If Texas parents get a divorce, it is likely that one parent will be responsible for paying child support. In some cases, however, non-custodial parents may attempt to avoid paying the child support by fleeing the state, even if they have been ordered to by the court. As a result, they could potentially face legal consequences under the federal Deadbeat Parents Punishment Act.
The DPPA was enacted in 1998 for the purpose of legally punishing parents who willfully avoid making child support payments as ordered by leaving the state. In order to be eligible to be punished, parents must travel to another state, fail to make payments for one year and owe more than $5,000 in back payments. If the parent has traveled to another state and has not made payments for two years, they must owe more than $10,000 before they can be punished under the DPPA.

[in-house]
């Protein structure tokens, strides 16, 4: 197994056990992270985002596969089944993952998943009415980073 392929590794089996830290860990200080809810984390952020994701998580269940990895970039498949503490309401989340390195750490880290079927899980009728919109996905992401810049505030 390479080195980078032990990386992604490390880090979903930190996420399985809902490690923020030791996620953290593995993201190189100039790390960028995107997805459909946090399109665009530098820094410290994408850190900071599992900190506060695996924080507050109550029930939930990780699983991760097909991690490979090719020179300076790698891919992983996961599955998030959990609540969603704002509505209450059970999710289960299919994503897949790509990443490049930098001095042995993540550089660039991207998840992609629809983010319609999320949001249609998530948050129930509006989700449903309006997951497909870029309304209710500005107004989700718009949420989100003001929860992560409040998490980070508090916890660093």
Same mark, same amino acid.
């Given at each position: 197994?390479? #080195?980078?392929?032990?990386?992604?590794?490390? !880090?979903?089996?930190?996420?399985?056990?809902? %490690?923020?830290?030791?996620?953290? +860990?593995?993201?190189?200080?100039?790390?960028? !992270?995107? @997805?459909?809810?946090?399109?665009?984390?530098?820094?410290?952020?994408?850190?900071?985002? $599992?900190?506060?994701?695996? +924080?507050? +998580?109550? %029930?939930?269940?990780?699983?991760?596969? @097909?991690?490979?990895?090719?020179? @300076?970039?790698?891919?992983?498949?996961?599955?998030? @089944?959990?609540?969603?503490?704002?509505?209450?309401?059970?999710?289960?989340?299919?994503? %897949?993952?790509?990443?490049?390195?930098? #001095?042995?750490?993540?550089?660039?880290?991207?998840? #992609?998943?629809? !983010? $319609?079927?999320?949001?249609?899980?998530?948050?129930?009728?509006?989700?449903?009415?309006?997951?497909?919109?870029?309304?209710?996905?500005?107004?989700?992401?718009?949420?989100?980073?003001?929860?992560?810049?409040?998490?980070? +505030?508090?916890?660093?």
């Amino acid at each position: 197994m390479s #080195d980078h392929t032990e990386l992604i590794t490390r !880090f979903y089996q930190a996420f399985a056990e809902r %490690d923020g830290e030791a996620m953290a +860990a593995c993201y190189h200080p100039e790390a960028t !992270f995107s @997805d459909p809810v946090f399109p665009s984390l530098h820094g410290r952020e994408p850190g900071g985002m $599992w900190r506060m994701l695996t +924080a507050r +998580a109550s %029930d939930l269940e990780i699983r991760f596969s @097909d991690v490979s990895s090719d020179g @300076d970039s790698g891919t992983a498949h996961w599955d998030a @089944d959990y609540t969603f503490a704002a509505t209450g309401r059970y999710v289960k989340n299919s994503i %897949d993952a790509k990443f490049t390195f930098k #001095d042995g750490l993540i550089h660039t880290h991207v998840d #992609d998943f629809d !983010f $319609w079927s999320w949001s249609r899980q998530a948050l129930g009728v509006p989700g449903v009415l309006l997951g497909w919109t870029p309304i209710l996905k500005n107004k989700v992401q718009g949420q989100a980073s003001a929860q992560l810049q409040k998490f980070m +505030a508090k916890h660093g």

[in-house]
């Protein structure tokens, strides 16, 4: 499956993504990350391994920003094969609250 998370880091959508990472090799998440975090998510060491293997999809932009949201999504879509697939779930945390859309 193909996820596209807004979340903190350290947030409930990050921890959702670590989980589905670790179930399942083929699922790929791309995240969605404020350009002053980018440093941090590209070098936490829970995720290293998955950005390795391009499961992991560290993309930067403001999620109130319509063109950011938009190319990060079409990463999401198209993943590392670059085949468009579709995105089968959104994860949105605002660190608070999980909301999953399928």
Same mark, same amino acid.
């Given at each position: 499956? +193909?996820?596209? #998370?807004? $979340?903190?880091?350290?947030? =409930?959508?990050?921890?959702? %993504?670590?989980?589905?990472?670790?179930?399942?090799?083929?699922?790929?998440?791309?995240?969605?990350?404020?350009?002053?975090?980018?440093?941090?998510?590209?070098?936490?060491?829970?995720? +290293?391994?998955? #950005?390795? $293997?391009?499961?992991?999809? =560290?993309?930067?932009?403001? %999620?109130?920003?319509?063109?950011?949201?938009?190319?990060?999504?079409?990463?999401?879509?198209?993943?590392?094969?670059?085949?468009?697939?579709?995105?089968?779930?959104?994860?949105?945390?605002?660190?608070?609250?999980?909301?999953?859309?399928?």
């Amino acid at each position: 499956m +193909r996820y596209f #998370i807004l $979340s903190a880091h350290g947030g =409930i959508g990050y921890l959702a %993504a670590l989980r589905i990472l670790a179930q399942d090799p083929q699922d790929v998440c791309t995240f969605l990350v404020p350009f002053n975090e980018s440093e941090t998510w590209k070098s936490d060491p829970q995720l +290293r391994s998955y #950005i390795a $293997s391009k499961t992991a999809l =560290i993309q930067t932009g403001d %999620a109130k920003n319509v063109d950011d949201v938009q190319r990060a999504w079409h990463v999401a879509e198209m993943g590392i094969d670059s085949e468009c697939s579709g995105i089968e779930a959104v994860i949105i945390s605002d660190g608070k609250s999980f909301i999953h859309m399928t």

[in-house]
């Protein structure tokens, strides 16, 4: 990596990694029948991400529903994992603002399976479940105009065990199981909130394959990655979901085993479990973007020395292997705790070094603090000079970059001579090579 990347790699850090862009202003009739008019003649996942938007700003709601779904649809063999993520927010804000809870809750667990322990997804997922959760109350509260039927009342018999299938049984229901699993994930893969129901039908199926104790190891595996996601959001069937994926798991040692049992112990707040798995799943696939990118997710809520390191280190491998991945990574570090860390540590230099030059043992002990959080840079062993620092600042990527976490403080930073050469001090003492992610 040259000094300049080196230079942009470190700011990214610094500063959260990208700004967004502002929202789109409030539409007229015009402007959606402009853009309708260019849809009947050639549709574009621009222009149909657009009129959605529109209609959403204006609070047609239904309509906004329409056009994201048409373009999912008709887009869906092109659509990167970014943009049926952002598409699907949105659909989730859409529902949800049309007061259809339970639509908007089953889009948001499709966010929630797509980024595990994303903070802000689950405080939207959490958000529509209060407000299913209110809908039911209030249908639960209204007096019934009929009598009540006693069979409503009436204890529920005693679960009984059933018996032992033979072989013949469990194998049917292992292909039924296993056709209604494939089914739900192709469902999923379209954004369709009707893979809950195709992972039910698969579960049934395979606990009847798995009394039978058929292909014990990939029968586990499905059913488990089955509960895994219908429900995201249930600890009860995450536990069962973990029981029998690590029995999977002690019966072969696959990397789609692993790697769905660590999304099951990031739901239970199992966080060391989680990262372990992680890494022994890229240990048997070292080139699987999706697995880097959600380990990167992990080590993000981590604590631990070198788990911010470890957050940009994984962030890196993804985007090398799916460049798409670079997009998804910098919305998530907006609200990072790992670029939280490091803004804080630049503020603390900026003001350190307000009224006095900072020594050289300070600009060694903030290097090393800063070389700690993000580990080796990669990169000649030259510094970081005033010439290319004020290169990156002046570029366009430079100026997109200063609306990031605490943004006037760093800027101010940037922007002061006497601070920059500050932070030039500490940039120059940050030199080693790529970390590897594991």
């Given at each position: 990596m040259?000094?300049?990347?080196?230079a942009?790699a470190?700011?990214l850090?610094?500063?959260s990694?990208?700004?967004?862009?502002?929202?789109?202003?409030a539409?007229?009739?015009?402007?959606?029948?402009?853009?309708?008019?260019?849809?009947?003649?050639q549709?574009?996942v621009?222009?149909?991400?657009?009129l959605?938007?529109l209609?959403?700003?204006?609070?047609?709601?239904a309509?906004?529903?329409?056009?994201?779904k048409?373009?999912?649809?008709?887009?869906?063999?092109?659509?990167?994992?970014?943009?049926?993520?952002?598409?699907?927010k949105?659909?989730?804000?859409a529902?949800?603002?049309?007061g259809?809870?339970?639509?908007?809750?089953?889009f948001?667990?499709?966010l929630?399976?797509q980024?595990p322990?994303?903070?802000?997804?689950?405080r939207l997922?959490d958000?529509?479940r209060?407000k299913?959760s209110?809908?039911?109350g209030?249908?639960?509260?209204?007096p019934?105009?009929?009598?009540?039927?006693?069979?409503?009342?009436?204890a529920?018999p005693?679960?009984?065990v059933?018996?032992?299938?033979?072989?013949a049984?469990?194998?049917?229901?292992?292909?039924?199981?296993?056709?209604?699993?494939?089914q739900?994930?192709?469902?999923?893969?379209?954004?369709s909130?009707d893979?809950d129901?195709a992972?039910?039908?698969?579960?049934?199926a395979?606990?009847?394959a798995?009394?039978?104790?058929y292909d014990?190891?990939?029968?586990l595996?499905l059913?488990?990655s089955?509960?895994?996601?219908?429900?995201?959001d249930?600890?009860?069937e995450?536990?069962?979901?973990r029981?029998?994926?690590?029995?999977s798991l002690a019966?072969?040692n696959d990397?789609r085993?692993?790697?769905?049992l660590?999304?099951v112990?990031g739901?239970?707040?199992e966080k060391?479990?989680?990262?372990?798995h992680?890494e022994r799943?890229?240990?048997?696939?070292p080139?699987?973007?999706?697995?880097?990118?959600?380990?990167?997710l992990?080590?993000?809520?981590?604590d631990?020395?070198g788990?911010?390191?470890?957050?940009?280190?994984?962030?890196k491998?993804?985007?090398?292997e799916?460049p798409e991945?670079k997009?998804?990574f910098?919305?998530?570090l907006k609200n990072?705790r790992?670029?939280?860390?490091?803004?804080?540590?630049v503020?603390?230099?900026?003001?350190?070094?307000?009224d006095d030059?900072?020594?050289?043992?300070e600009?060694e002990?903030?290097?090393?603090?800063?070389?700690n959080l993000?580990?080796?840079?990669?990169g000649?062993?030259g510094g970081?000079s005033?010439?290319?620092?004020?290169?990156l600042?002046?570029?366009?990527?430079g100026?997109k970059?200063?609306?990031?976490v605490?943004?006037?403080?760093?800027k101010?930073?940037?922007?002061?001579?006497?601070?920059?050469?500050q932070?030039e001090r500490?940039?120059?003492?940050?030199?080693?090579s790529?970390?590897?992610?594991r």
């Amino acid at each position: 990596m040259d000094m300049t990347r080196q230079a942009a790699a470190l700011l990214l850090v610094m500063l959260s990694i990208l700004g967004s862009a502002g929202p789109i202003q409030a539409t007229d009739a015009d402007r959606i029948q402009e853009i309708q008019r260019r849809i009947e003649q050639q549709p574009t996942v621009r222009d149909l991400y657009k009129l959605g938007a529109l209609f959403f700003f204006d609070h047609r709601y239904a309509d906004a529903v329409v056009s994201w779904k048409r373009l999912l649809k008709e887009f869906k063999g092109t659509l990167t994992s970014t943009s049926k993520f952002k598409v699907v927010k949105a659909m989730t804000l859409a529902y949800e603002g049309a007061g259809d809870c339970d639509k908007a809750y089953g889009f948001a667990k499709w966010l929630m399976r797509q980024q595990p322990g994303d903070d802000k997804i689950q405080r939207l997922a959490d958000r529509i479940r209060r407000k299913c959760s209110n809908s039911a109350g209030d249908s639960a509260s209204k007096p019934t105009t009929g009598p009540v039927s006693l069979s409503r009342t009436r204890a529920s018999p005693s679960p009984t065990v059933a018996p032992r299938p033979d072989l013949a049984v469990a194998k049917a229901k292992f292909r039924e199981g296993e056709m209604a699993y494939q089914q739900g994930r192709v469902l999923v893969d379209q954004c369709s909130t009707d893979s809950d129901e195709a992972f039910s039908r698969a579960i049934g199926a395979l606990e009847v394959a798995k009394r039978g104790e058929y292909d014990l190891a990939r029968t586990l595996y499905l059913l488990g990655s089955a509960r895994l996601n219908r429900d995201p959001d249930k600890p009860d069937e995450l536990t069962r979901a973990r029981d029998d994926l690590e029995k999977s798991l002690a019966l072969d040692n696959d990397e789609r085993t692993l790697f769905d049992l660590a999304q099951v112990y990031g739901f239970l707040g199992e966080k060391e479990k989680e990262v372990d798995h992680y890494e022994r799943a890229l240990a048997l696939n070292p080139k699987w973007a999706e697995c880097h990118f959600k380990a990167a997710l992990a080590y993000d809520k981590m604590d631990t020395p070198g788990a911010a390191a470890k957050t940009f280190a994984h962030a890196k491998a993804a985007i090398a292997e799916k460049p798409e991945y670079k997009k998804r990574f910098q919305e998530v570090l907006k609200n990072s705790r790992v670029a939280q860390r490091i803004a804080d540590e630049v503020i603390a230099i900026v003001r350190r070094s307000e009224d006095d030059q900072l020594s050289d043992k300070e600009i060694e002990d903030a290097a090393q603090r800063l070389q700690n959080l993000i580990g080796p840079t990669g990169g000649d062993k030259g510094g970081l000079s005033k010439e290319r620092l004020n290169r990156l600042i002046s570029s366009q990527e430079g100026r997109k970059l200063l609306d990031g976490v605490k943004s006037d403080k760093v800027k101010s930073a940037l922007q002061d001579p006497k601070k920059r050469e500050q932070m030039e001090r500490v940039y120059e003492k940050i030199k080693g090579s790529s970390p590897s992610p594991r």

There are several different punishments that a parent could face if they willfully avoid paying child support. For a first offense, they could face a maximum prison sentence of six months. For a second offense, the maximum prison sentence increases to two years. Additionally, parents could potentially be ordered to pay back the child support that they owe.
If parents suddenly have a change in their financial circumstances, such as if they lose their job, they may still be required to pay child support. However, a family law attorney may file documents that allow the parent to request a modification to the child support order. In some cases, the court may adjust the amount of child support the parent owes, but it will only apply to future amounts.